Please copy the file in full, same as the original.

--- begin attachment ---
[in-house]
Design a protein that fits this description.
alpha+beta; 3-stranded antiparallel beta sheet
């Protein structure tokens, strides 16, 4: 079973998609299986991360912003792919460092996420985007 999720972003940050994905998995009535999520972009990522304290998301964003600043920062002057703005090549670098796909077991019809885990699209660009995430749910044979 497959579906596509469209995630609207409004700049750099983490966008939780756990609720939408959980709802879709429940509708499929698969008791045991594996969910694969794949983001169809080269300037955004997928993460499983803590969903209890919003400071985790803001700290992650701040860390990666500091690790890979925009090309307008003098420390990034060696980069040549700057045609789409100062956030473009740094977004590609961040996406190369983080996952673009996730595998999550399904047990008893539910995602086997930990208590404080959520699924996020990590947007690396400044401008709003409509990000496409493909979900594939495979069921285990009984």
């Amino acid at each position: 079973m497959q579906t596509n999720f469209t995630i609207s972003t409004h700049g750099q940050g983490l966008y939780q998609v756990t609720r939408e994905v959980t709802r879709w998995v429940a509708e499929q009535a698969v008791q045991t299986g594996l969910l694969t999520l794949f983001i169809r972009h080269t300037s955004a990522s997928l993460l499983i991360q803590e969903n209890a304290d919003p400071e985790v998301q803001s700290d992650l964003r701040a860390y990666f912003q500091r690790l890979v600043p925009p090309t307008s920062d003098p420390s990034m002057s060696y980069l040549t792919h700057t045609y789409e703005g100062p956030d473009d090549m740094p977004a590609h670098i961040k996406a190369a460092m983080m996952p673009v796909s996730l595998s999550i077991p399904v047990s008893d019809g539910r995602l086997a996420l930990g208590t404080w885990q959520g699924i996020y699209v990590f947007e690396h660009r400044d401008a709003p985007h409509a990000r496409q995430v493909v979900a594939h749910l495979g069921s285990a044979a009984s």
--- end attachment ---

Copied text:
[in-house]
Design a protein that fits this description.
alpha+beta; 3-stranded antiparallel beta sheet
């Protein structure tokens, strides 16, 4: 079973998609299986991360912003792919460092996420985007 999720972003940050994905998995009535999520972009990522304290998301964003600043920062002057703005090549670098796909077991019809885990699209660009995430749910044979 497959579906596509469209995630609207409004700049750099983490966008939780756990609720939408959980709802879709429940509708499929698969008791045991594996969910694969794949983001169809080269300037955004997928993460499983803590969903209890919003400071985790803001700290992650701040860390990666500091690790890979925009090309307008003098420390990034060696980069040549700057045609789409100062956030473009740094977004590609961040996406190369983080996952673009996730595998999550399904047990008893539910995602086997930990208590404080959520699924996020990590947007690396400044401008709003409509990000496409493909979900594939495979069921285990009984």
């Amino acid at each position: 079973m497959q579906t596509n999720f469209t995630i609207s972003t409004h700049g750099q940050g983490l966008y939780q998609v756990t609720r939408e994905v959980t709802r879709w998995v429940a509708e499929q009535a698969v008791q045991t299986g594996l969910l694969t999520l794949f983001i169809r972009h080269t300037s955004a990522s997928l993460l499983i991360q803590e969903n209890a304290d919003p400071e985790v998301q803001s700290d992650l964003r701040a860390y990666f912003q500091r690790l890979v600043p925009p090309t307008s920062d003098p420390s990034m002057s060696y980069l040549t792919h700057t045609y789409e703005g100062p956030d473009d090549m740094p977004a590609h670098i961040k996406a190369a460092m983080m996952p673009v796909s996730l595998s999550i077991p399904v047990s008893d019809g539910r995602l086997a996420l930990g208590t404080w885990q959520g699924i996020y699209v990590f947007e690396h660009r400044d401008a709003p985007h409509a990000r496409q995430v493909v979900a594939h749910l495979g069921s285990a044979a009984s």